"I wish for an Achmed Street in Potsdam"
An Interview with SchwarzRund
Postcolonial Potsdam: Who are you?
SchwarzRund: I am SchwarzRund. By now, it has become my official pen name. First it was the name of my blog, but now I publish everything, artistic or academic, under that name.
I am a Black Dominican in Germany with both passports and I work in various fields. Storytelling and poetry/performance texts are the heart of my work. But painting, writing and online ranting are very important to me as well – for my activism and for me personally.
- Twitter: @SchwarzRund
- Biskaya auf Goodreads
PP: What do you do in your everyday life?
SR: Actually, I deal with power dynamics 24/7. In the past, my focus was on deficiencies (which I still find important and great), but by now I try to look at the beauty and uniqueness which develops as a consequence of the pain of oppression. To find, search for and create resistance in art is what interests me at university, in my journalistic work, in my blog and in my novel. Christiane Hutson’s term multidimensional vulnerability influenced this change a lot. I want to explain and teach less, instead I want toobserve and celebrate more.
PP: You wrote an Afropolitan Berlin novel titled Biskaya. What is it about?
SR: It is the story of the 35-year-old musician Tue, she is a Black German and lives in Berlin. She lives in a queer flat share, in which a suicide happens. It leads her into a crisis and she ends up in a psychiatry. This experience, as well as new insights into her own diaspora and family history change her goals. Tue begins to search for new terms for her art. She experiences and survives the difficulties a Black person has to face in a predominantly white country. The novel is about revolution, resistance, the music business, queer communities, and passionate love for sweet potatoes.
PP: Why do you call the novel Afropolitan?
SR: It could just as well be called queer, neuro-diverse, crazy, diasporic or Black. These are all main themes of the novel. In the end, I decided to call it Afropolitan, because my own Afropolitan perspective includes all of this. Thus, it is my Afropolitanism… (laughs)
The novel is mainly set in Berlin, it refers to a fictive Black European island called Biskaya and its capital city Amo (a reference to Anton Wilhelm Amo). Potsdam also plays an important role…
PP: What is the role of Potsdam in your novel?
SR: One crucial scene of the novel is set in Potsdam. I don’t want to spoil too much here…
One question that accompanies Tue is where her Blackness comes from. At one point, she learns that she is related to Achmed. Achmed is a real person, he was the first Black German whose name and portrayals we know. He was displaced – just as many other People of Color serving at court – by order of Prince Carl Alexander of Prussia. Whether Achmed is the name his parents gave him is unknown, but it is known that he lived in Schloss Glienicke, the castle by the lake Griebnitzsee in Potsdam. Among the golden lions and other relics that the Prince brought home from his travels to other cultures, Achmed was just another exoticized ‘souvenir’. Until today, the most human picture of him can be found in the castle. Until today it costs quite a lot of money to see this representation of Achmed. This is a continuity that affects me – in a negative way. Therefore, two of the protagonists in my book decide to help Achmed – they have the courage that I lack… (laughs)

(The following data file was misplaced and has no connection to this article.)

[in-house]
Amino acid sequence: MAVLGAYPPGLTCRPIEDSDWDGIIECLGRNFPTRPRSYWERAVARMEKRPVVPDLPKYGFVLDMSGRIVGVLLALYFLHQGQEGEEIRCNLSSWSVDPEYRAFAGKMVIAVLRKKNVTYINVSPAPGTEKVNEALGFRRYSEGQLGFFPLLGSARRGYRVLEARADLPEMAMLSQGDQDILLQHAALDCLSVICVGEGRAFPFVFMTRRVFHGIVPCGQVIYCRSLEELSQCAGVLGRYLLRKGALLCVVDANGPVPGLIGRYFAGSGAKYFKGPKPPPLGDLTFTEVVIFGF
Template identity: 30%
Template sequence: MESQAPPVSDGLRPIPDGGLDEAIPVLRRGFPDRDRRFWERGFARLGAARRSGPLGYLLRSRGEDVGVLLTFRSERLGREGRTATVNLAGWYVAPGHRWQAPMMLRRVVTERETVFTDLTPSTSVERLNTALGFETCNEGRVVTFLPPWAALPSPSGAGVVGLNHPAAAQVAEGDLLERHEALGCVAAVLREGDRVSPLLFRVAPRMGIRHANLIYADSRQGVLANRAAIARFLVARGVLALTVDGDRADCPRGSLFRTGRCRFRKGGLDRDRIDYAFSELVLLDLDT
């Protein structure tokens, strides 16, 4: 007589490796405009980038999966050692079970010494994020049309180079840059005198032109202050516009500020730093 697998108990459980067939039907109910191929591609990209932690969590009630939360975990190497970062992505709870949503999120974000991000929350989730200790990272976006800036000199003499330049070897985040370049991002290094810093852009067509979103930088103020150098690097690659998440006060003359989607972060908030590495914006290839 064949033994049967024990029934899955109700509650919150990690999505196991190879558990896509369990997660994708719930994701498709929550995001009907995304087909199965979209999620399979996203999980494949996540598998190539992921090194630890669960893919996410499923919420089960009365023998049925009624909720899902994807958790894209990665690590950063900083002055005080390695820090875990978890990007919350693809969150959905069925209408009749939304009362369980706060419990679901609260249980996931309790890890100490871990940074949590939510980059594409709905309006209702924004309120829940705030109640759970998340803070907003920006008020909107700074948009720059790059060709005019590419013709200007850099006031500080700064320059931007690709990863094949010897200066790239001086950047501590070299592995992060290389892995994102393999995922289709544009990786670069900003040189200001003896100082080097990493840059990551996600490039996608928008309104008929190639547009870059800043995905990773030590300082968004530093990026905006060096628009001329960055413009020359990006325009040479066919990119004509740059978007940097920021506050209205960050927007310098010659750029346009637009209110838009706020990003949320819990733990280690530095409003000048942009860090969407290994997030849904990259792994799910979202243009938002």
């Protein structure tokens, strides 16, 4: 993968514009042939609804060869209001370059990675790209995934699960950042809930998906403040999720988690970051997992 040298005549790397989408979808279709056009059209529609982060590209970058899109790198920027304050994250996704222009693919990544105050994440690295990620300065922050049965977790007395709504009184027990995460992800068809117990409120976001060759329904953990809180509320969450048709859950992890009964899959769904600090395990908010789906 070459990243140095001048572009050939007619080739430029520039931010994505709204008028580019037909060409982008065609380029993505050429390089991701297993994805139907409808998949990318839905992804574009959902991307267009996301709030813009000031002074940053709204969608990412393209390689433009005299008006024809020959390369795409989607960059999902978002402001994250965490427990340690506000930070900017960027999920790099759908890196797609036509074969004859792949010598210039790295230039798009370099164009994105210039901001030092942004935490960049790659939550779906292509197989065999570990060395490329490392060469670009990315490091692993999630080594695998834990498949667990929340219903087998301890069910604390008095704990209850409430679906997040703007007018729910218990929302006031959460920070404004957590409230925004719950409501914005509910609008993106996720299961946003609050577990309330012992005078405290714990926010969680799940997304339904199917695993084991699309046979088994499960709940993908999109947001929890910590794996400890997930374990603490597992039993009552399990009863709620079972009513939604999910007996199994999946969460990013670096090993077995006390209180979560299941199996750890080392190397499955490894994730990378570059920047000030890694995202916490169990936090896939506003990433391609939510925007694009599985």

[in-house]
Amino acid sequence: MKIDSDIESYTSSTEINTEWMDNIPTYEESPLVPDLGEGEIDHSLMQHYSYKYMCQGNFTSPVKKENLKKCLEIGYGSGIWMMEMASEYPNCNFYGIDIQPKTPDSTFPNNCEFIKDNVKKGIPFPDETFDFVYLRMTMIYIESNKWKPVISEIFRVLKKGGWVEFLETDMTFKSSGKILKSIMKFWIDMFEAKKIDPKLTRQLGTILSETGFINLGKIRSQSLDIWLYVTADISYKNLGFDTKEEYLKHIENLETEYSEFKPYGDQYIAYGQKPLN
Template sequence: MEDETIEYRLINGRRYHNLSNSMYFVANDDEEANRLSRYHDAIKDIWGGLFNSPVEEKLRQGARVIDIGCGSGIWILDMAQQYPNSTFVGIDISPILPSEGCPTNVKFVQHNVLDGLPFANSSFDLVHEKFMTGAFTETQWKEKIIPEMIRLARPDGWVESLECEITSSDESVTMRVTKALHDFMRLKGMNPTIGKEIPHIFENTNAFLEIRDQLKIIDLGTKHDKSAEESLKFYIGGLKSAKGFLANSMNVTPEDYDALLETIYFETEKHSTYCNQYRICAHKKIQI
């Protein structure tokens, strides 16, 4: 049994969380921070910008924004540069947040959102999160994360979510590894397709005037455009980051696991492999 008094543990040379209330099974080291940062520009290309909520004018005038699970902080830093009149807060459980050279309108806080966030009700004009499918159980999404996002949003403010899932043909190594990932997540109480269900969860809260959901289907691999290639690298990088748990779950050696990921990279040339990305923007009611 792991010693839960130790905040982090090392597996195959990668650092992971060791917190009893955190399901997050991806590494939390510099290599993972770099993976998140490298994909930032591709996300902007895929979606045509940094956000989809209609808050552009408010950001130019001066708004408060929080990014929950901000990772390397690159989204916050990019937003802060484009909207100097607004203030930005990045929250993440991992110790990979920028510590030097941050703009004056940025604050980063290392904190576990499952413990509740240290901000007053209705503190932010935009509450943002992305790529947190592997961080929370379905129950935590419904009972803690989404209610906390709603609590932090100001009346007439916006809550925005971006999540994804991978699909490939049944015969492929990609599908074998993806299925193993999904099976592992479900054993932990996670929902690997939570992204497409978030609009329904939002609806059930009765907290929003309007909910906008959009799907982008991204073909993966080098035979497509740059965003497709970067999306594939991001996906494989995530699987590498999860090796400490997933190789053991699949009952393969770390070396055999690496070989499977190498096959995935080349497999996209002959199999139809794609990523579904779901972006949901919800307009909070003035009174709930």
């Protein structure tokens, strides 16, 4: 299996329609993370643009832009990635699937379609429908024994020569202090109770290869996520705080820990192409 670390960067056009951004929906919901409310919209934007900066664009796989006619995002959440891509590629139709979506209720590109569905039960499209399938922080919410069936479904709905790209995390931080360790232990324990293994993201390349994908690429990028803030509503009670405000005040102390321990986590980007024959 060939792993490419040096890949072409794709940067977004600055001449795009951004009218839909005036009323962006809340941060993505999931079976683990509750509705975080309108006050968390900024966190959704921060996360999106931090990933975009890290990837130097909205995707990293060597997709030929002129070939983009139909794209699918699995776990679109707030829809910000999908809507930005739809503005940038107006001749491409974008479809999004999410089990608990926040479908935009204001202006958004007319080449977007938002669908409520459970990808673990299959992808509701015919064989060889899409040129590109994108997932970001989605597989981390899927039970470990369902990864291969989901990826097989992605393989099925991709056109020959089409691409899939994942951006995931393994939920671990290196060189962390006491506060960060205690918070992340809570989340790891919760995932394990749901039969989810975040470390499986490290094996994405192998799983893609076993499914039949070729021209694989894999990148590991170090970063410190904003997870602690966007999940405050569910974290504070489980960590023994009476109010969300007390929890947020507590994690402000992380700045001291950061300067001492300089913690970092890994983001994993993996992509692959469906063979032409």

Potsdam and the culture of forcefully displacing Black people is a symbol for the rootlessness caused by white people until today. There are many Black children in Germany who don’t know from where they have been adopted. This happens either because adoption agencies don’t pass on any or only rough information about their backgrounds or because the parents (natural or adoptive) don’t want to pass on that information. On a higher level, this phenomenon could stand for the Gate Islands on which it wasn’t clear where the slaves came from, islands like the Dominican Republic or Porto Verde. It is a diaspora that has to build its own identity from remaining fragments, colonial images produced by the white environment and little hints from the past because the white society ties them to the ‘other’ by excluding them.
Potsdam is also a very suitable place because I experienced the worst racism of my adult life there. I do not only disapprove of Potsdam’s glorification of the Prussian times from an urban planning perspective, artistic or leftist beliefs, but first and foremost from a Black perspective.
PP: What do you wish for the future of our society?
SR: I wish for an Achmed Street in Potsdam, instead of the rebuilding of yet another, horrifying monument of past white rule. Instead of a May Ayim Shore, I would wish for a whole May Ayim Avenue and the reflection of Black history in school and university books. I wish for policies that acknowledge colonial liabilities and appropriate reparations. I wish for curricula at universities which hold lecturers accountable to keep pace with the times and to question every scientific presupposition.
Only with recognition for the normal(izing) racism of the now, will reparations become possible, as well as a rectification of the so-called development aid structures which still provide less for the countries in question than they take out of them.
A decolonial aspiration ultimately entails an anti-capitalist, anti-sexist, queer and ableism-critical perspective because all of those structures support each other to maintain power and domination.